Amazon CEO Jeff Bezos had some intriguing things to say about decision making in a recent letter to Amazon shareholders.  He differentiated between “Type 1” vs. “Type 2” decisions.

‘There’s a problem with “one-size-fits-all” decision making.   Some decisions are consequential and irreversible or nearly irreversible – one-way doors – and these decisions must be made methodically, carefully, slowly, with great deliberation and consultation. If you walk through and don’t like what you see on the other side, you can’t get back to where you were before. We can call these Type 1 decisions. But most decisions aren’t like that – they are changeable, reversible – they’re two-way doors. If you’ve made a suboptimal Type 2 decision, you don’t have to live with the consequences for that long. You can reopen the door and go back through.  Type 2 decisions can and should be made quickly by high judgment individuals or small groups.’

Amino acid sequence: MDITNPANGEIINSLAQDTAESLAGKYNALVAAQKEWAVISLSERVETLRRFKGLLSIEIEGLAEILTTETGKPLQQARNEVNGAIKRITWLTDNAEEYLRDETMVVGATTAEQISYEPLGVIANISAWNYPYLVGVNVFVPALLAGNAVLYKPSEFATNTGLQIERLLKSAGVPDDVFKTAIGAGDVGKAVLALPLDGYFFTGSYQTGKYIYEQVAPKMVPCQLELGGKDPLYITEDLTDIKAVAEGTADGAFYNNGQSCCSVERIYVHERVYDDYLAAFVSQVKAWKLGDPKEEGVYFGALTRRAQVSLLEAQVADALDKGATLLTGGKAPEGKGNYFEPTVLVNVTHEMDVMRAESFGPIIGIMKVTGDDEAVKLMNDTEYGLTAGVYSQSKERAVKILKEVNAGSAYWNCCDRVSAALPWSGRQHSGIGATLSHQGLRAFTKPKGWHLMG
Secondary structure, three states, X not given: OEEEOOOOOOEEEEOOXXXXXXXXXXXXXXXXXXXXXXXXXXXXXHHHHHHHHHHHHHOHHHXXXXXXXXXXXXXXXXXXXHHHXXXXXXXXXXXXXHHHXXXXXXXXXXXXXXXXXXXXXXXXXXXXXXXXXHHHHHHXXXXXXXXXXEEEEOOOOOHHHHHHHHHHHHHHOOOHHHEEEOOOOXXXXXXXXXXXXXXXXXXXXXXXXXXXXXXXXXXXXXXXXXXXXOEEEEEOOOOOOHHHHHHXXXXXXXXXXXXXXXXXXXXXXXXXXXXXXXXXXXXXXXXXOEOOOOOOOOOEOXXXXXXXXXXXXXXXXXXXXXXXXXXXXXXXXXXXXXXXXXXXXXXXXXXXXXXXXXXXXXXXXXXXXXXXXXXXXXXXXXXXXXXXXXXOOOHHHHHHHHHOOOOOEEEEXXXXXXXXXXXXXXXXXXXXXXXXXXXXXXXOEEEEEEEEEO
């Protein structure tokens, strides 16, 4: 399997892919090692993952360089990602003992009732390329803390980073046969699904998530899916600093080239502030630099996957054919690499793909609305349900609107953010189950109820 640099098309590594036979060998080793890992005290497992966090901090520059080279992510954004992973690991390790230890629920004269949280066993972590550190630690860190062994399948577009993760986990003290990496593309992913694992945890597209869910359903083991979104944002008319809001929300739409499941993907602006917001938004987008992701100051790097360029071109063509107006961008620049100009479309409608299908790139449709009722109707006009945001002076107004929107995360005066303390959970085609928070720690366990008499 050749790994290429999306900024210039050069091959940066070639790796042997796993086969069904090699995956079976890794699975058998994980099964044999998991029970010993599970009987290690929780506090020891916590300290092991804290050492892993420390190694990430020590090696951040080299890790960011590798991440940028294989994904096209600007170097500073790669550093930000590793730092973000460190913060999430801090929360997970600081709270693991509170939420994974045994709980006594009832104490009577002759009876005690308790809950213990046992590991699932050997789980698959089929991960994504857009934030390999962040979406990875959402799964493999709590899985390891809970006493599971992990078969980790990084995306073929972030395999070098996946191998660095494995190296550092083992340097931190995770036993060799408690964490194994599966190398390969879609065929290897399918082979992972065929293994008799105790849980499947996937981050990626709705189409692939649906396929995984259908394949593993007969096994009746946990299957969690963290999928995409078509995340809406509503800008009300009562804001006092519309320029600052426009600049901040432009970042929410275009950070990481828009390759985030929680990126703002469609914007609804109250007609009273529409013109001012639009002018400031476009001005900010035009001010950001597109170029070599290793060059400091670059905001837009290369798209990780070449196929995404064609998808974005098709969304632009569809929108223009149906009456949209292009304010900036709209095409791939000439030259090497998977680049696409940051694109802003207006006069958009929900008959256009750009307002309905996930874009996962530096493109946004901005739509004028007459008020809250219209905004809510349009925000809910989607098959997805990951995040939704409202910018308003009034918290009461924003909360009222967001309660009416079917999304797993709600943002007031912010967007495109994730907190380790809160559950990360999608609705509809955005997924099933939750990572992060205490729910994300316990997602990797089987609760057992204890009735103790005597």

He also had advice about how much information you need to make a decision.

‘Most decisions should probably be made with somewhere around 70% of the information you wish you had. If you wait for 90%, in most cases, you’re probably being slow. Plus, either way, you need to be good at quickly recognizing and correcting bad decisions. If you’re good at course correcting, being wrong may be less costly than you think, whereas being slow is going to be expensive for sure.’


Amazon’s Jeff Bezos on Decision Making